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Dublin: 12 °C Tuesday 25 June, 2019

#London Metropolitan Police

# london-metropolitan-police - Sunday 19 March, 2017

Police investigating after boy (1) dies and girl (1) critically injured in London

The incident is being investigated by detectives from the Homicide and Major Crime Command division.

# london-metropolitan-police - Thursday 7 August, 2014

17-year-old arrested for 'phoning in a bomb threat' to Las Vegas from 9,000km away

The teenager was arrested in London one hour after claiming there was a bomb under a car on the Las Vegas strip.

# london-metropolitan-police - Thursday 23 January, 2014

London woman driven by jealousy attacks former friend with acid

Mary Konye followed her victim Naomi Oni before throwing a glass cup of sulfuric acid on her.

# london-metropolitan-police - Saturday 28 January, 2012

British police arrest 5 in tabloid bribery probe

Four current and former employees of The Sun and one police officer were arrested as part of the investigation into police bribery this morning.

# london-metropolitan-police - Monday 7 November, 2011

From The42 Ferdinand death threat delivered to Loftus Road Sad

Ferdinand death threat delivered to Loftus Road

The Queens Park Rangers defender, currently involved in both an FA and police racism inquiry, was the intended recipient of a threatening letter sent to the club’s West London ground.

# london-metropolitan-police - Friday 18 February, 2011

Shocked tourists witness battle in London's Trafalgar Square that leaves three in hospital UK

Shocked tourists witness battle in London's Trafalgar Square that leaves three in hospital

The famous square was the scene of battles between rival European gangs according to reports.

# london-metropolitan-police - Friday 13 August, 2010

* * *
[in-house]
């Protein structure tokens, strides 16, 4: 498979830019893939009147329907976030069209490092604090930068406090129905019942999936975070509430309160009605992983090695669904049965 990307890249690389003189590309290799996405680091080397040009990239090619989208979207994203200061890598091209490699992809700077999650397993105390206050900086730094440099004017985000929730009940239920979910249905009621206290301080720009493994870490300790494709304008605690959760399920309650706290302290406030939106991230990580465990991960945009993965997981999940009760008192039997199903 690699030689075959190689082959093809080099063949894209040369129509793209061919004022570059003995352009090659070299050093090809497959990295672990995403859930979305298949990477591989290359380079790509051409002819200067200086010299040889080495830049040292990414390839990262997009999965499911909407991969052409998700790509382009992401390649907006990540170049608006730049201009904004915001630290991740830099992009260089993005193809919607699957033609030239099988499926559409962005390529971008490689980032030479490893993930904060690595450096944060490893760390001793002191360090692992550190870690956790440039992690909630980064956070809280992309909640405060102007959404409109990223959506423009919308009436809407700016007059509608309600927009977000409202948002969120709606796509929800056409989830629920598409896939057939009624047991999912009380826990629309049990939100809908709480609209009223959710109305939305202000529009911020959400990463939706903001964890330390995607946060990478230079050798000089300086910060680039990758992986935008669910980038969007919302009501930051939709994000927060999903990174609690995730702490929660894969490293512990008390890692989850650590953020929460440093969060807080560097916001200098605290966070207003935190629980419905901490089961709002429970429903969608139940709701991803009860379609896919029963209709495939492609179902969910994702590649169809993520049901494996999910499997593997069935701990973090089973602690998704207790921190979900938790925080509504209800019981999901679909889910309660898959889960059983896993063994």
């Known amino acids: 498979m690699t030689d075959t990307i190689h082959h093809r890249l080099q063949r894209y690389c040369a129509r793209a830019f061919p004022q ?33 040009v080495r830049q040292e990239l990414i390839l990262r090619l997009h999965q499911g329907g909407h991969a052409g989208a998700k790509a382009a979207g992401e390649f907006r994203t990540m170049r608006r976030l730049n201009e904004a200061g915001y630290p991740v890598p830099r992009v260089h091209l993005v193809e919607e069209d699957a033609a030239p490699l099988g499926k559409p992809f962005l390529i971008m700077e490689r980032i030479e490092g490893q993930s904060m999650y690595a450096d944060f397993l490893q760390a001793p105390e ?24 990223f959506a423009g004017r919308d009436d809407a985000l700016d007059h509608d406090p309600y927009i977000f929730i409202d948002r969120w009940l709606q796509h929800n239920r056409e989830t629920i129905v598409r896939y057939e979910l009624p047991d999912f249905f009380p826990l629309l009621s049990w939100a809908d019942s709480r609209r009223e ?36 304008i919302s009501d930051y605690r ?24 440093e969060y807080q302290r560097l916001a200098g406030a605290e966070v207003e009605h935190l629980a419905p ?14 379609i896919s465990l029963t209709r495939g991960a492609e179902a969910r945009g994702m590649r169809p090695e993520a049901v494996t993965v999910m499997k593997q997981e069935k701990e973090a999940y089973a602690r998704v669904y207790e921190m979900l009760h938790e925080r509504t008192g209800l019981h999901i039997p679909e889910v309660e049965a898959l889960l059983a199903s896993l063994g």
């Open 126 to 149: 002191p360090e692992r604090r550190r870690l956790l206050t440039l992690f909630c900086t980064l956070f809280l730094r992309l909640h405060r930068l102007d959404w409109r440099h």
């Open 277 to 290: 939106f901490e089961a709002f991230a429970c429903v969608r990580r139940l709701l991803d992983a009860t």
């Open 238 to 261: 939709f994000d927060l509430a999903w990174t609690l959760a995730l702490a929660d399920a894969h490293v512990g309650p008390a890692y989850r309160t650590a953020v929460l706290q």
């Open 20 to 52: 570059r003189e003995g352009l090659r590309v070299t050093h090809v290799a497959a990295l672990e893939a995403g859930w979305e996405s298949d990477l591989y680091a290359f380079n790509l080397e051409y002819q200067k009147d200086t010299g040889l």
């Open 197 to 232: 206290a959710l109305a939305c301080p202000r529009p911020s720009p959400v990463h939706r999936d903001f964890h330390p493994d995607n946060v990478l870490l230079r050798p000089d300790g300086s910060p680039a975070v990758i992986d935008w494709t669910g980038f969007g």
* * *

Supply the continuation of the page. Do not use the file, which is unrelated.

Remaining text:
FOUR RIOT police in the UK have been charged with beating of a man who they were arresting on terrorism charges n 2003.

36-year-old Babar Ahmad was arrested in his home in southwest London in December 2003 and is now facing extradition to the United States on terrorism charges.

During the raid, Ahmad was allegedly beaten, choked and subjected to religious verbal abuse – during which officers allegedly forced him into a praying position and shouted; “Where is your God now? Pray to him!”.

He was released six days later.

The charges

“Mr Ahmad suffered a number of injuries during that arrest, including heavy bruising to the head, neck, wrists and feet,” said Simon Clements, head of the Crown Prosecution Service’s Special Crime Division.

“Our conclusion is that there is sufficient evidence and it is in the public interest to charge four of the officers involved in the arrest of Mr Ahmad with causing actual bodily harm to him.”

It has been reported that before the raid, the police were informed that Ahmad was believed to be be connected to al Qaeda and was the head of a south London terrorist group.

Police Constables Nigel Cowley, John Donohue, Roderick James-Bowen and Mark Jones from the Met’s Territorial Support Group will appear before magistrates on September 22.

“I am pleased that the CPS has decided that a jury will hear the evidence in this case and it will now be for the jury to determine whether any police officer should be punished for the assault upon me in December 2003,” Ahmad said in a statement.

Extradition to the USA

Although he has never been charged with any crime, Admad was re-arrested in 2004 in connection with another terrorism charge – for allegedly soliciting funds for rebels in Chechnya and Afghanistan on the internet during the 1990s.